AT THE GATES: The Nightmare Of Being
Release year: 2021
Label: Century Media
What if you don’t like an absolutely classic band, a band whose status and stature are well beyond the realm of opinion? Should you review their latter day output; can you give it a fair treatment? Or, from another point of view, are you better suited to review it than someone who’s view might be skewed by adoration of past glories? Does it matter at all?
Such are my thoughts as I approach The Nightmare Of Being, the most recent output by Swedish At The Gates, grand old men and veritable icons of melodic Swedish death metal. This is a band who has not only cast a long shadow over all Swedish death metal and act as the bridge between the “old school” sound and the melodic Swedish sound that was all the rage around the turn of the millennium – but also crafted a sound that is so strongly their own that few dare imitate it.
They are also a band I’ve never particularly cared for. Sure, I do own one CD by them (Slaughter Of The Soul), but I never listen to it. The rest, I’ve never bothered buying or have sold away. Because, quite frankly, whilst not denying any of their import, they’ve just never tickled my ribs. But all the same, here I am writing a review of their newest album.
Okay, so, with the background of not really being an aficionado, I approached The Nightmare Of Being with what I consider a healthy sense of realism: I probably won’t be all over this one, but I know how At The Gates sound and I can probably say whether this is a good or bad At The Gates record. And from that perspective, I’ll tell you this right from the bat: this ain’t a bad one as far as At The Gates goes.
Of course, at this (late) stage in their career, At The Gates sounds like At The Gates. You know the drill. Melodic death metal, but far from generic; there are thrashing elements to be found, as well as blackened corners, and a sound that is well and truly characteristic of At The Gates, and At The Gates alone. No small part of this are the vocals of Tomas Lindberg – that tightly wound, agonizing hoarse shriek is pretty much a trademark.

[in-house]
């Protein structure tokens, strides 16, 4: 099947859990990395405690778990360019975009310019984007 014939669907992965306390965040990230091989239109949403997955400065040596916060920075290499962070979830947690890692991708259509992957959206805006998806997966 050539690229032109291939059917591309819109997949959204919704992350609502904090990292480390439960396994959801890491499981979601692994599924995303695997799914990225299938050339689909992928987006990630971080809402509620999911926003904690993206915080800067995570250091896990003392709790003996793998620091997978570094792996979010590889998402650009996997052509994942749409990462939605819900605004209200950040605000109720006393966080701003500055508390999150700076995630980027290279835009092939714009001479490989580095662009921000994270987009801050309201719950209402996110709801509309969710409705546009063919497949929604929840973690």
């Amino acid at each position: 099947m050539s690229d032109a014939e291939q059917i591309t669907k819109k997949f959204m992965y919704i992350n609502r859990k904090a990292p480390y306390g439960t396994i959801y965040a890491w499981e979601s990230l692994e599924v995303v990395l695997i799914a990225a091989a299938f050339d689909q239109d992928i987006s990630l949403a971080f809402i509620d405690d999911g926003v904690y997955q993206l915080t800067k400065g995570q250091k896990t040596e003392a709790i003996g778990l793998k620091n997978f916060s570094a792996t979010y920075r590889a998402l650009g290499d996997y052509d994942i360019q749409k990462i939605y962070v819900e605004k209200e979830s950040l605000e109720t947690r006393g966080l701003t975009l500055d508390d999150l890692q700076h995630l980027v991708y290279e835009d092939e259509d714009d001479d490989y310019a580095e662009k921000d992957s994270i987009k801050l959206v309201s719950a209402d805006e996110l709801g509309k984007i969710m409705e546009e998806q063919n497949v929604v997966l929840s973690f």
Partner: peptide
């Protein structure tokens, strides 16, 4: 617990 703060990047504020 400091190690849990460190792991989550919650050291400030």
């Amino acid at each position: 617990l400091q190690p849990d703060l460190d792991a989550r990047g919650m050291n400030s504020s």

But at the same time, At The Gates aren’t satisfied with just churning out another assembly line ATG album. There are small elements here and there which speak of greater ambition. The odd section here and there is jazzy, even progressive; and there’s a bit of saxophone to be heard on Garden Of Cyrus. And it’s in these small details that the charm of The Nightmare Of Being lies; for the most part, the band offer what they know the audience wants to hear – vintage At The Gates brand death metal – but there’s enough of something else to keep the album interesting.
And, even when they do what they’re renowned for, At The Gates aren’t by any means beating a dead horse. To their credit, whether you like the band’s sound or not, even after all these years it doesn’t sound like they’re doing it by the numbers, grinding out yet another formulaic album of what they know will sell. Sure, this sounds like the kind of stuff the fans’ll be thirsting for, but it sounds vivid and genuine. It sounds like their hearts are in it.
No, I haven’t become a convert. I haven’t seen the light. I’m not gonna climb on top of the mountain and declare my newfound adoration for At The Gates. I must still admit their sound isn’t quite my cup of tea. But having said that, I can also fairly say that for a band who started out 31 years ago, At The Gates are in respectable form. They’ve created an album that at the same time sounds like you’d expect it to, but also manages to have some unexpected turns. That is a respectable achievement.
In other words, The Nightmare Of Being is not the album to convince the unbelievers. But it is an album that shows At The Gates can still deliver the goods, and it doesn’t taste stale. If their palette has previously suited your palate, then you’ll like this one as well.
Summary: Fans of the band will not be disappointed – the Swedish legends are still masters at their own game.